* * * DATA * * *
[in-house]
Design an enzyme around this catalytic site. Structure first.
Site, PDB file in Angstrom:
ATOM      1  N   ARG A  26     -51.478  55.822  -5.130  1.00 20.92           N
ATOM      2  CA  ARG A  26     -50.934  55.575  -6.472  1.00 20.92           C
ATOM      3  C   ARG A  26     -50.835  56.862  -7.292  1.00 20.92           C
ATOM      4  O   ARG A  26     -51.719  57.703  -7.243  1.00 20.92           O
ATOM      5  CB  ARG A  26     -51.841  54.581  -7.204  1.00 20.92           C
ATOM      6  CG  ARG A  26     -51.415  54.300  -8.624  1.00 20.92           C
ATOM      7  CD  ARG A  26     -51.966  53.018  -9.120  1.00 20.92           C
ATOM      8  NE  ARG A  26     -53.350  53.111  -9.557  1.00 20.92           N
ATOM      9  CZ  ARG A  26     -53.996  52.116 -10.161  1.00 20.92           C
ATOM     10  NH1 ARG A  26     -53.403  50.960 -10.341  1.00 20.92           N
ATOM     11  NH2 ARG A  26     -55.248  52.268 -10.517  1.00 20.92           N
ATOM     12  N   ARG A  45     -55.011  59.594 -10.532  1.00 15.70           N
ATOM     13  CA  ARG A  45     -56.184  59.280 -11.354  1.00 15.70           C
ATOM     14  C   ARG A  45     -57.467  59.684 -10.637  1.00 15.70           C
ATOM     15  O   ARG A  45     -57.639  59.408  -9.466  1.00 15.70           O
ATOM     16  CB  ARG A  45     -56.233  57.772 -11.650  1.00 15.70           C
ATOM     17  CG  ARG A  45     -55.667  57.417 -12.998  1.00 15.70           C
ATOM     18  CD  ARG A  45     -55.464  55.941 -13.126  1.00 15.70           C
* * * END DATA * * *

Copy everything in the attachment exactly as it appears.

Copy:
[in-house]
Design an enzyme around this catalytic site. Structure first.
Site, PDB file in Angstrom:
ATOM      1  N   ARG A  26     -51.478  55.822  -5.130  1.00 20.92           N
ATOM      2  CA  ARG A  26     -50.934  55.575  -6.472  1.00 20.92           C
ATOM      3  C   ARG A  26     -50.835  56.862  -7.292  1.00 20.92           C
ATOM      4  O   ARG A  26     -51.719  57.703  -7.243  1.00 20.92           O
ATOM      5  CB  ARG A  26     -51.841  54.581  -7.204  1.00 20.92           C
ATOM      6  CG  ARG A  26     -51.415  54.300  -8.624  1.00 20.92           C
ATOM      7  CD  ARG A  26     -51.966  53.018  -9.120  1.00 20.92           C
ATOM      8  NE  ARG A  26     -53.350  53.111  -9.557  1.00 20.92           N
ATOM      9  CZ  ARG A  26     -53.996  52.116 -10.161  1.00 20.92           C
ATOM     10  NH1 ARG A  26     -53.403  50.960 -10.341  1.00 20.92           N
ATOM     11  NH2 ARG A  26     -55.248  52.268 -10.517  1.00 20.92           N
ATOM     12  N   ARG A  45     -55.011  59.594 -10.532  1.00 15.70           N
ATOM     13  CA  ARG A  45     -56.184  59.280 -11.354  1.00 15.70           C
ATOM     14  C   ARG A  45     -57.467  59.684 -10.637  1.00 15.70           C
ATOM     15  O   ARG A  45     -57.639  59.408  -9.466  1.00 15.70           O
ATOM     16  CB  ARG A  45     -56.233  57.772 -11.650  1.00 15.70           C
ATOM     17  CG  ARG A  45     -55.667  57.417 -12.998  1.00 15.70           C
ATOM     18  CD  ARG A  45     -55.464  55.941 -13.126  1.00 15.70           C